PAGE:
Painting an original dragon
There’s falconry, so why not dragonry? Eric Velhagen shows how removing control leads to fresh ideas and imaginative art
What do dragons do? How are they usually depicted in art? What can I say differently about them? In the words of the great Winnie the Pooh, “Think, think, think, think.” We have falconry, so how about dragonry? Whether this idea has been explored before or not, I don’t know. But I feel it has some potential.
Before I begin, I like to collect my thoughts. What am I trying to say with this painting and how best can I execute that image? It’s very much like a mental plan of the steps I’ll take to achieve the results I’m looking for.
I love the surprises and unexpected results that happen when either some or a lot of control is removed from the process, and this is central to how I work. When it comes to artistic tools, for me it’s the more the merrier. Any brush (make, size, model), any kind of palette knives, plus rags, fingers and toes (just kidding).
I do several thumbnails, exploring how the idea comes across visually. I follow this with some more developed sketches, but nothing too time-consuming. Another advantage of thumbnailing the idea first is that it enables me to determine if the idea has any potential before taking the time to find reference.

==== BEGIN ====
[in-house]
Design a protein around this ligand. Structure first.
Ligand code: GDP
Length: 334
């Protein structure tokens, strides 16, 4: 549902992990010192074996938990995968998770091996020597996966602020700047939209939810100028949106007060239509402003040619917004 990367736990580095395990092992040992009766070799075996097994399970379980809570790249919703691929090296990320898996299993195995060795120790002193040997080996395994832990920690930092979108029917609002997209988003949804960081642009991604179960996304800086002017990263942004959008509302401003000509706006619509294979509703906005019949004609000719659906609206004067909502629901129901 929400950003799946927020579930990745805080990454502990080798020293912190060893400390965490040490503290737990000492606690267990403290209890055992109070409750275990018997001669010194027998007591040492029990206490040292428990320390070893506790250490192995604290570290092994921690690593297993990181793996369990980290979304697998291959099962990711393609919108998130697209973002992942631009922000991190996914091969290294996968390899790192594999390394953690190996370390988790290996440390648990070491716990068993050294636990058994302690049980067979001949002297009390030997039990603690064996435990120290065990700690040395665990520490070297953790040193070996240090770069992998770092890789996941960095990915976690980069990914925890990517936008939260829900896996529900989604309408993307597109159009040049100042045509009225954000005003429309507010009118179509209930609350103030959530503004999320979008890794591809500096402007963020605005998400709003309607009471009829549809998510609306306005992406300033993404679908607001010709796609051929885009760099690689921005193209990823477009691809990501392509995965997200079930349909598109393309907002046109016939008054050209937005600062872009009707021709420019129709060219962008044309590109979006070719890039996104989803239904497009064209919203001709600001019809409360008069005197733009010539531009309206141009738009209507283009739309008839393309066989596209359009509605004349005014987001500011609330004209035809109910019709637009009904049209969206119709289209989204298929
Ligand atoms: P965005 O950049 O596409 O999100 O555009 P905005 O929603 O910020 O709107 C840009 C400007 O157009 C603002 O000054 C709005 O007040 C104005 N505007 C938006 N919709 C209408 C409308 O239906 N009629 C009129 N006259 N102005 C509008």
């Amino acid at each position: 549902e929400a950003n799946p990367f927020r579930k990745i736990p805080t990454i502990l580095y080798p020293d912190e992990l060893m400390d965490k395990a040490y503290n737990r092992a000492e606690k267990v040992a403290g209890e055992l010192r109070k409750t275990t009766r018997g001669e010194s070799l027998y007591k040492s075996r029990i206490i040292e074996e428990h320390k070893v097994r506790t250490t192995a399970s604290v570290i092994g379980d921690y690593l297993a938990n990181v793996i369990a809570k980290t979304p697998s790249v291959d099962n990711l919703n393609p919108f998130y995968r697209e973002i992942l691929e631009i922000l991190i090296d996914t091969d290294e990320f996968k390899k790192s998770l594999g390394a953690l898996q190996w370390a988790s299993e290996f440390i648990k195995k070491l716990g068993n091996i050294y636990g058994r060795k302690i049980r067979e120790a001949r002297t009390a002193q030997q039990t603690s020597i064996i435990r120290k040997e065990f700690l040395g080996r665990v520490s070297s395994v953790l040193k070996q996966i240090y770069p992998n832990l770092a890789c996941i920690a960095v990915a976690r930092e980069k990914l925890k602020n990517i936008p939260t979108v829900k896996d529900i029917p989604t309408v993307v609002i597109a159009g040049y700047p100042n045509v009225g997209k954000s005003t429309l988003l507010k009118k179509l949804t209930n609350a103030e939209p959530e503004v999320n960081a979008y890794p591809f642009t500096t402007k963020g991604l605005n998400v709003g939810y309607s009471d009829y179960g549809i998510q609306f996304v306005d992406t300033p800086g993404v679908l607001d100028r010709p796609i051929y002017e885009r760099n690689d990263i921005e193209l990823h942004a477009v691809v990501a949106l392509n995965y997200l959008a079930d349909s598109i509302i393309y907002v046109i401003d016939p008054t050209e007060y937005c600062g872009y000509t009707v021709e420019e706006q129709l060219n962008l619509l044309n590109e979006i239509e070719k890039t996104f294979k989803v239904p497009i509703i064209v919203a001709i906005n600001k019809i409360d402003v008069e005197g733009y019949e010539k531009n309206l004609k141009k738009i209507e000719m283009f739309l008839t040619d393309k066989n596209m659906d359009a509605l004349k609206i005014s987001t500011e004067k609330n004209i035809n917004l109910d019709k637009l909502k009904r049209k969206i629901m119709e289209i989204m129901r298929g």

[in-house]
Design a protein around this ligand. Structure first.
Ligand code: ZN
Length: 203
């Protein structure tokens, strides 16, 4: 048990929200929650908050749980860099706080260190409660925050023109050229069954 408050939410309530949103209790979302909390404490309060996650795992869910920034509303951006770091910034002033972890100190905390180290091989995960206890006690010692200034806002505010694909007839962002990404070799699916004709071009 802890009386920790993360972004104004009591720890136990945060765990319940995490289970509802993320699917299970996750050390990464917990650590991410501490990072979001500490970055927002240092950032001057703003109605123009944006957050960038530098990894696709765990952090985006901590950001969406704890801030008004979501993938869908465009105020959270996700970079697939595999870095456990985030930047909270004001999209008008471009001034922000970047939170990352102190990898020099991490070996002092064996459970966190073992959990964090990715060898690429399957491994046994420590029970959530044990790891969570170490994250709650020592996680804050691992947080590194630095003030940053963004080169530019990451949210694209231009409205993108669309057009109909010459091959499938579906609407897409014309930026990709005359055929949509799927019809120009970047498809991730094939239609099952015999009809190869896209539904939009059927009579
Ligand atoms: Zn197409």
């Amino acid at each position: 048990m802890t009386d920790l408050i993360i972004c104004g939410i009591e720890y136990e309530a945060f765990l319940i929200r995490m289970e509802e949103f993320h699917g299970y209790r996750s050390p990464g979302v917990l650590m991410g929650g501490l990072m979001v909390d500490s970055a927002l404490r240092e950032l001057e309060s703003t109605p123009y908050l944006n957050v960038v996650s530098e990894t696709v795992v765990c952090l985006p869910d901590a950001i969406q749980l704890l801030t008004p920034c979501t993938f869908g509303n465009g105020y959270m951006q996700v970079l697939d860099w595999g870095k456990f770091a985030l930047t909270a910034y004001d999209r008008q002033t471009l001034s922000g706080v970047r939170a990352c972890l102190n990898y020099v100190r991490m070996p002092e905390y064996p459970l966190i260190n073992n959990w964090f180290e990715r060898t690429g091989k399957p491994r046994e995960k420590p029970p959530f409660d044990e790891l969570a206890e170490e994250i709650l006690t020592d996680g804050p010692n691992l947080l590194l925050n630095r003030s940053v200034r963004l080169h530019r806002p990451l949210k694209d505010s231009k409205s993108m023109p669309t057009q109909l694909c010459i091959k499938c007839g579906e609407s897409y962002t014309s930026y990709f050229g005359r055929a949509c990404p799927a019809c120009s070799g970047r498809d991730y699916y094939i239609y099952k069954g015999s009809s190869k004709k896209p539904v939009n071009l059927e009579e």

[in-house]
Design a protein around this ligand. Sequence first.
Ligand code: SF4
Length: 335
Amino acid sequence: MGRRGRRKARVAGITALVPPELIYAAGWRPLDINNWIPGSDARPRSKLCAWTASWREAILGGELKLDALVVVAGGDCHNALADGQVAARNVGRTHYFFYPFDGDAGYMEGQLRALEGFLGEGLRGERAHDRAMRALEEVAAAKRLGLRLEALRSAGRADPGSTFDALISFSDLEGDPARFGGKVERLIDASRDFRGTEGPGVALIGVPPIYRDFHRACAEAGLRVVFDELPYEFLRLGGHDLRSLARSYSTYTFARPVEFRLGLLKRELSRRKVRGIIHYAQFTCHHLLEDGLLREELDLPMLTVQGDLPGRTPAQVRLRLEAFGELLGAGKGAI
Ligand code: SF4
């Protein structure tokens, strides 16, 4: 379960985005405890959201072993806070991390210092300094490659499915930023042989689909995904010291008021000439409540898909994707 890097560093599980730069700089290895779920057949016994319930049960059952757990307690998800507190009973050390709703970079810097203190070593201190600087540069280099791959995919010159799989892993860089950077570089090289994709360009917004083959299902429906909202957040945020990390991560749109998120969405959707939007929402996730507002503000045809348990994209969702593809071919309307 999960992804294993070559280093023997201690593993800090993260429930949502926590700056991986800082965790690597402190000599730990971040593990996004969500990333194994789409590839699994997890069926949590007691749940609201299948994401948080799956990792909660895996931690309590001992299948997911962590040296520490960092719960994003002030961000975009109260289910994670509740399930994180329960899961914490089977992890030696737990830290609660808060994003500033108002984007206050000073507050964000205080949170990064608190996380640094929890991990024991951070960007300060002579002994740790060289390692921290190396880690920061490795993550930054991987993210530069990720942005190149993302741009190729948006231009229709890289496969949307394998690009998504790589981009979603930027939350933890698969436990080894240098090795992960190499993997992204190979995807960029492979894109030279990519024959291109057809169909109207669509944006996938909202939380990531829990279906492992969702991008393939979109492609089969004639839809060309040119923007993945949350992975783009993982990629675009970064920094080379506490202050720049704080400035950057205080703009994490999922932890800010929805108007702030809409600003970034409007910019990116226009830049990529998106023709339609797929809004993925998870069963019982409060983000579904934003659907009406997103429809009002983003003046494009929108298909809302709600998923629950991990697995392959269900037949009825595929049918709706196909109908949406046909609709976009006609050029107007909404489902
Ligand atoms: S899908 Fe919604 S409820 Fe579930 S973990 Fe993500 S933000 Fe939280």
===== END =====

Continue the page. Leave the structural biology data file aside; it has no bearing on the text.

Working with a simple colour palette, a variety of brushes and tools, my tonal drawing nearby for referencing value, a cup of coffee, Mozart or Led Zeppelin in the CD player… I’m ready to start.
A largely self-taught painter, Eric has been fascinated with fantasy art, artists and JRR Tolkien since childhood. After graduating from the Colorado Institute of Art, he became a freelance illustrator, winning many local advertising awards. www.ericvelhagen.carbonmade.com